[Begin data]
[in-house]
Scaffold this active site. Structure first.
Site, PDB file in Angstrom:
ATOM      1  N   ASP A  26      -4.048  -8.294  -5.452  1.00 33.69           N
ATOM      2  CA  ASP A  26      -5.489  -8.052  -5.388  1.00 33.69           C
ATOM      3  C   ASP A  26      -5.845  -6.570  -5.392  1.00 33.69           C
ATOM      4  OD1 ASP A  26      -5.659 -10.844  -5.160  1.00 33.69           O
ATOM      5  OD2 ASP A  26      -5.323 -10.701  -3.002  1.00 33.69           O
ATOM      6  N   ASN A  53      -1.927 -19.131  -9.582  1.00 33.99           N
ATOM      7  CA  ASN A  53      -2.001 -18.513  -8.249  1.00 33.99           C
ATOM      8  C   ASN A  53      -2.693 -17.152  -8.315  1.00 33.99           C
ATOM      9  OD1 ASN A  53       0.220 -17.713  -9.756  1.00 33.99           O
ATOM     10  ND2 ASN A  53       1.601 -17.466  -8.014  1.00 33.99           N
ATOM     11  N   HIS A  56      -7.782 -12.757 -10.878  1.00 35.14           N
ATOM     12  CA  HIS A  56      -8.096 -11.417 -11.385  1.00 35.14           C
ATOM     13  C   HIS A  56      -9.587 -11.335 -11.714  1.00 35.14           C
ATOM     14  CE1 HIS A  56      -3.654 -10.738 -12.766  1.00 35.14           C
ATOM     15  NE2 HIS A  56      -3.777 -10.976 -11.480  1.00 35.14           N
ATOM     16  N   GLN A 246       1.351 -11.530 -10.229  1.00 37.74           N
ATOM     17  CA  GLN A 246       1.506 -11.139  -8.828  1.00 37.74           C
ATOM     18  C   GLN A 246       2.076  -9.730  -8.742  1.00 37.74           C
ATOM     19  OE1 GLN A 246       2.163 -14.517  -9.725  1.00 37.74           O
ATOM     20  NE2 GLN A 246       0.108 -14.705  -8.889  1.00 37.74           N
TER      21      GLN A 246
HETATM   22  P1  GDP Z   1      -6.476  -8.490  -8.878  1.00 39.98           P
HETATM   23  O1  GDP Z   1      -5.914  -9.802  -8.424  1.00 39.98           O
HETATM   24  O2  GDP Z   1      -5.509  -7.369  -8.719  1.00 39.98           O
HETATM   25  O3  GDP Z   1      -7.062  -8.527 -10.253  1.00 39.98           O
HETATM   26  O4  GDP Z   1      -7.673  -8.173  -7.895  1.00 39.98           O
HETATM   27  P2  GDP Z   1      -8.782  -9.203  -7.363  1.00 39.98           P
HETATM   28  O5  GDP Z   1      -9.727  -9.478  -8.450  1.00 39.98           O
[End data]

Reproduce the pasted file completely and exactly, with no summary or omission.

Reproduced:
[in-house]
Scaffold this active site. Structure first.
Site, PDB file in Angstrom:
ATOM      1  N   ASP A  26      -4.048  -8.294  -5.452  1.00 33.69           N
ATOM      2  CA  ASP A  26      -5.489  -8.052  -5.388  1.00 33.69           C
ATOM      3  C   ASP A  26      -5.845  -6.570  -5.392  1.00 33.69           C
ATOM      4  OD1 ASP A  26      -5.659 -10.844  -5.160  1.00 33.69           O
ATOM      5  OD2 ASP A  26      -5.323 -10.701  -3.002  1.00 33.69           O
ATOM      6  N   ASN A  53      -1.927 -19.131  -9.582  1.00 33.99           N
ATOM      7  CA  ASN A  53      -2.001 -18.513  -8.249  1.00 33.99           C
ATOM      8  C   ASN A  53      -2.693 -17.152  -8.315  1.00 33.99           C
ATOM      9  OD1 ASN A  53       0.220 -17.713  -9.756  1.00 33.99           O
ATOM     10  ND2 ASN A  53       1.601 -17.466  -8.014  1.00 33.99           N
ATOM     11  N   HIS A  56      -7.782 -12.757 -10.878  1.00 35.14           N
ATOM     12  CA  HIS A  56      -8.096 -11.417 -11.385  1.00 35.14           C
ATOM     13  C   HIS A  56      -9.587 -11.335 -11.714  1.00 35.14           C
ATOM     14  CE1 HIS A  56      -3.654 -10.738 -12.766  1.00 35.14           C
ATOM     15  NE2 HIS A  56      -3.777 -10.976 -11.480  1.00 35.14           N
ATOM     16  N   GLN A 246       1.351 -11.530 -10.229  1.00 37.74           N
ATOM     17  CA  GLN A 246       1.506 -11.139  -8.828  1.00 37.74           C
ATOM     18  C   GLN A 246       2.076  -9.730  -8.742  1.00 37.74           C
ATOM     19  OE1 GLN A 246       2.163 -14.517  -9.725  1.00 37.74           O
ATOM     20  NE2 GLN A 246       0.108 -14.705  -8.889  1.00 37.74           N
TER      21      GLN A 246
HETATM   22  P1  GDP Z   1      -6.476  -8.490  -8.878  1.00 39.98           P
HETATM   23  O1  GDP Z   1      -5.914  -9.802  -8.424  1.00 39.98           O
HETATM   24  O2  GDP Z   1      -5.509  -7.369  -8.719  1.00 39.98           O
HETATM   25  O3  GDP Z   1      -7.062  -8.527 -10.253  1.00 39.98           O
HETATM   26  O4  GDP Z   1      -7.673  -8.173  -7.895  1.00 39.98           O
HETATM   27  P2  GDP Z   1      -8.782  -9.203  -7.363  1.00 39.98           P
HETATM   28  O5  GDP Z   1      -9.727  -9.478  -8.450  1.00 39.98           O